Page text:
PHILADELPHIA - Targeted therapies that are designed to suppress the formation of new blood vessels in tumors, such as Avastin (bevacizumab), have slowed cancer growth in some patients. However, they have not produced the dramatic responses researchers initially thought they might. Now, research from the Perelman School of Medicine at the University of Pennsylvania might help to explain the modest responses. The discovery, published in the July 14 issue of Nature, suggests novel treatment combinations that could boost the power of therapies based on slowing blood vessel growth (angiogenesis).
The Penn investigators, led by George Coukos, MD, PhD, Celso-Ramon Garcia Professor of Reproductive Biology, found that ovarian cancer cells grown under low oxygen conditions – which promote blood vessel formation – secrete chemical signals that suppress the patient's immune system, preventing it from killing off the abnormal cancer cells.
"For the first time, we are realizing that the two programs – angiogenesis and immune suppression – are co-regulated and the two programs are mediated by the same cell types," Coukos says. "This creates new therapeutic opportunities, since the study reveals that in order to effectively suppress angiogenesis, one should also suppress a type of immune cell, called regulatory T cells.Thus, commonly used anti-angiogenesis therapies should be combined with therapeutic maneuvers that eliminate regulatory T cells."
Following hints that there might be cross-talk between the two systems, first author Andrea Facciabene, PhD, research assistant professor of Obstetrics and Gynecology, and colleagues grew ovarian cancer cells under normal oxygen conditions or low oxygen (hypoxic) conditions. When the team looked for differences in the proteins called chemokines secreted under the two growth conditions, they found that one signaling molecule, CCL28, was more abundant in low oxygen cultures. CCL28 was also commonly expressed in hypoxic areas of tumors in animal models.
The Penn investigators found that CCL28 recruited regulatory T cells (called T-regs) in experimental situations. Because T-regs suppress local immune responses, including immune cells that kill tumor cells, the researchers hypothesized that CCL28 signaling could induce immune tolerance. In fact, when they looked at tumors grown in animal models, they found that tumors engineered to express CCL28 grew significantly faster than tumors lacking CCL28 expression.
Together the data suggest that hypoxic conditions suppress the immune reaction through T regulatory cells while promoting blood vessel formation. Therefore, to get the most out of anti-angiogenesis drugs, clinicians might need to combine them with drugs that block T-regs.
"The tools to eliminate T-regs effectively are not presently available in the clinic, but the field is definitely advancing, with several candidate strategies currently being tested," Coukos said.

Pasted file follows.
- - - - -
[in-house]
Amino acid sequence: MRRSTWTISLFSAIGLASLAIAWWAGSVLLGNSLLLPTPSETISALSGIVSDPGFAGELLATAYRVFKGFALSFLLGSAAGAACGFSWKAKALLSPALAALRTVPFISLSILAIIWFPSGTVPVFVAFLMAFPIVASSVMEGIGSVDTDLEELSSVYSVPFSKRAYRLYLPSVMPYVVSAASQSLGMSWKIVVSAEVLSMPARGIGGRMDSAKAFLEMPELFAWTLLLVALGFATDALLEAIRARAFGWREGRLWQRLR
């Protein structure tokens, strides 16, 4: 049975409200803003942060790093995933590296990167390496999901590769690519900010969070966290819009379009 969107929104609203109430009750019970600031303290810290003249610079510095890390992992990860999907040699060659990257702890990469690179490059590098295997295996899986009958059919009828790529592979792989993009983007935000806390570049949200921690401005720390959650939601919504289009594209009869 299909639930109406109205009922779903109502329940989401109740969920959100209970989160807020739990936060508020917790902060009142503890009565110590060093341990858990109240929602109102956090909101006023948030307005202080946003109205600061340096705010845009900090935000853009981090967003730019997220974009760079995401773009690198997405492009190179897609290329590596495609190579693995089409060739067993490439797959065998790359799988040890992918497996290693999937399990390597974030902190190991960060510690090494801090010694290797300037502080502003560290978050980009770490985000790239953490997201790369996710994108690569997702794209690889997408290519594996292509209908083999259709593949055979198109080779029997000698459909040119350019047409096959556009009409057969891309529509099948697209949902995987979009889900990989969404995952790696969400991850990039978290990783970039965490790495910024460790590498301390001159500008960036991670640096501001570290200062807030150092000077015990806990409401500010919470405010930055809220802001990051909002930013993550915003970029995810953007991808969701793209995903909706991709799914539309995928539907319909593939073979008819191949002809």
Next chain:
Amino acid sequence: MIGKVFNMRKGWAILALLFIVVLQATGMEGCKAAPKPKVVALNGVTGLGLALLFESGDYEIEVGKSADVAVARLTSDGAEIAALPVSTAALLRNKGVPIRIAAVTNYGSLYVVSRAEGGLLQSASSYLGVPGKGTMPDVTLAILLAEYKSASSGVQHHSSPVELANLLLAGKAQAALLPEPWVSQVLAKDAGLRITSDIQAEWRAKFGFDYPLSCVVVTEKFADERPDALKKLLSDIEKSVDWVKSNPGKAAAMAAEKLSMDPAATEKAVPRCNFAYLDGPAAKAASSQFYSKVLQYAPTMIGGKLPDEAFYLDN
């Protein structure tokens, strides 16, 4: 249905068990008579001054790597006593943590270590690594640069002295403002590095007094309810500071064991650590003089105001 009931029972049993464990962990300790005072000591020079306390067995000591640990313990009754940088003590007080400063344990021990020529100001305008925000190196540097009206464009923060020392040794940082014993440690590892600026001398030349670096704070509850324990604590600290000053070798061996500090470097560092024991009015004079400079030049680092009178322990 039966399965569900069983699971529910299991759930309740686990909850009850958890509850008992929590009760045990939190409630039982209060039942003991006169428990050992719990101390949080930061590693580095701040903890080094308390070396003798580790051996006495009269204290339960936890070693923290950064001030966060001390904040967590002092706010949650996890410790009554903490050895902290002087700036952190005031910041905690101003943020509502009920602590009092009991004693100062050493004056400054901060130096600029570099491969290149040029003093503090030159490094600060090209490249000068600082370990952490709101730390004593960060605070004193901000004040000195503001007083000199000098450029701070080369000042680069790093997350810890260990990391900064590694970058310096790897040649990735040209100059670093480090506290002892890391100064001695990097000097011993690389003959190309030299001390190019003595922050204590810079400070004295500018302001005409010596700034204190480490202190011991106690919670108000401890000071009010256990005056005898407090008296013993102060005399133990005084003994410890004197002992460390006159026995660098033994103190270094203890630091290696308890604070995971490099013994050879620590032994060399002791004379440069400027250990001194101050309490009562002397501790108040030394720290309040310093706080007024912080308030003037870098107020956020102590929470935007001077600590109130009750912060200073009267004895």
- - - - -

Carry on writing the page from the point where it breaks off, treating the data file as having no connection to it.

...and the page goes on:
"The other implication of this study is that if anti-angiogenesis therapy induces tumor hypoxia, that could create a rebound increase in regulatory T cells," he continued. "That rebound could account for some of the resistance that is commonly seen in the clinic after anti-angiogenesis therapy is instituted."
Co-authors on the study include Xiaohui Peng, Klara Balint, Ian S. Hagemann, Andrea Barchetti, Li-Ping Wang, Phyllis A. Gimotty, Priti Lal, and Lin Zhang, all from Penn, and C. Blake Gilks of the University of British Columbia, Vancouver.
The study was funded through grants from the National Cancer Institute and the Ovarian Cancer Research Fund.
Targeted therapies that are designed to suppress the formation of new blood vessels in tumors, such as Avastin, have slowed cancer growth in some patients. However, they have not produced the dramatic responses researchers initially thought they might. Now, research from Penn might help to explain the modest responses. The discovery suggests novel treatment combinations that could boost the power of therapies based on slowing blood vessel growth.
Penn Medicine is one of the world's leading academic medical centers, dedicated to the related missions of medical education, biomedical research, and excellence in patient care. Penn Medicine consists of the Raymond and Ruth Perelman School of Medicine at the University of Pennsylvania (founded in 1765 as the nation's first medical school) and the University of Pennsylvania Health System, which together form a $4 billion enterprise.
Penn's Perelman School of Medicine is currently ranked #2 in U.S. News & World Report's survey of research-oriented medical schools and among the top 10 schools for primary care. The School is consistently among the nation's top recipients of funding from the National Institutes of Health, with $507.6 million awarded in the 2010 fiscal year.
The University of Pennsylvania Health System's patient care facilities include: The Hospital of the University of Pennsylvania – recognized as one of the nation's top 10 hospitals by U.S. News & World Report; Penn Presbyterian Medical Center; and Pennsylvania Hospital – the nation's first hospital, founded in 1751. Penn Medicine also includes additional patient care facilities and services throughout the Philadelphia region.
Penn Medicine is committed to improving lives and health through a variety of community-based programs and activities. In fiscal year 2010, Penn Medicine provided $788 million to benefit our community.